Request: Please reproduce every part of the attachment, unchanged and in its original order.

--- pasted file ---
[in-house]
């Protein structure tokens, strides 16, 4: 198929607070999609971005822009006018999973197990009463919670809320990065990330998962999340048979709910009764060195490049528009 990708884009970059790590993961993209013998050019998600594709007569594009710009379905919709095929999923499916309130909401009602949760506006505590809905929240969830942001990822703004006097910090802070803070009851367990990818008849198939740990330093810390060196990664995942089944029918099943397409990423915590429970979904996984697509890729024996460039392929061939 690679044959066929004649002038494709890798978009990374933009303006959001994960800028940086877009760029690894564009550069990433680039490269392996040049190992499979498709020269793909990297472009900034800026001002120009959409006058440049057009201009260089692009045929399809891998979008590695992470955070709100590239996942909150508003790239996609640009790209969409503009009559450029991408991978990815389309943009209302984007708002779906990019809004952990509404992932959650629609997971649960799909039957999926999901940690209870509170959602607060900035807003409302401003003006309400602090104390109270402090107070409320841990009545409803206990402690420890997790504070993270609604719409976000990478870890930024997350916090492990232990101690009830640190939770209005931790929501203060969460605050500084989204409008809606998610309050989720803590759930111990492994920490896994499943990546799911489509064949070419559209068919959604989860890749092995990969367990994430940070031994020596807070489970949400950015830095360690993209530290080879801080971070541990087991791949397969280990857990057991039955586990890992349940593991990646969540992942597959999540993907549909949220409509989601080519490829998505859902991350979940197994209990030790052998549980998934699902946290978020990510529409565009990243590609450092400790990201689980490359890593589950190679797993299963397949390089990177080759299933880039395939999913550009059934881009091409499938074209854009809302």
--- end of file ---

[in-house]
């Protein structure tokens, strides 16, 4: 198929607070999609971005822009006018999973197990009463919670809320990065990330998962999340048979709910009764060195490049528009 990708884009970059790590993961993209013998050019998600594709007569594009710009379905919709095929999923499916309130909401009602949760506006505590809905929240969830942001990822703004006097910090802070803070009851367990990818008849198939740990330093810390060196990664995942089944029918099943397409990423915590429970979904996984697509890729024996460039392929061939 690679044959066929004649002038494709890798978009990374933009303006959001994960800028940086877009760029690894564009550069990433680039490269392996040049190992499979498709020269793909990297472009900034800026001002120009959409006058440049057009201009260089692009045929399809891998979008590695992470955070709100590239996942909150508003790239996609640009790209969409503009009559450029991408991978990815389309943009209302984007708002779906990019809004952990509404992932959650629609997971649960799909039957999926999901940690209870509170959602607060900035807003409302401003003006309400602090104390109270402090107070409320841990009545409803206990402690420890997790504070993270609604719409976000990478870890930024997350916090492990232990101690009830640190939770209005931790929501203060969460605050500084989204409008809606998610309050989720803590759930111990492994920490896994499943990546799911489509064949070419559209068919959604989860890749092995990969367990994430940070031994020596807070489970949400950015830095360690993209530290080879801080971070541990087991791949397969280990857990057991039955586990890992349940593991990646969540992942597959999540993907549909949220409509989601080519490829998505859902991350979940197994209990030790052998549980998934699902946290978020990510529409565009990243590609450092400790990201689980490359890593589950190679797993299963397949390089990177080759299933880039395939999913550009059934881009091409499938074209854009809302």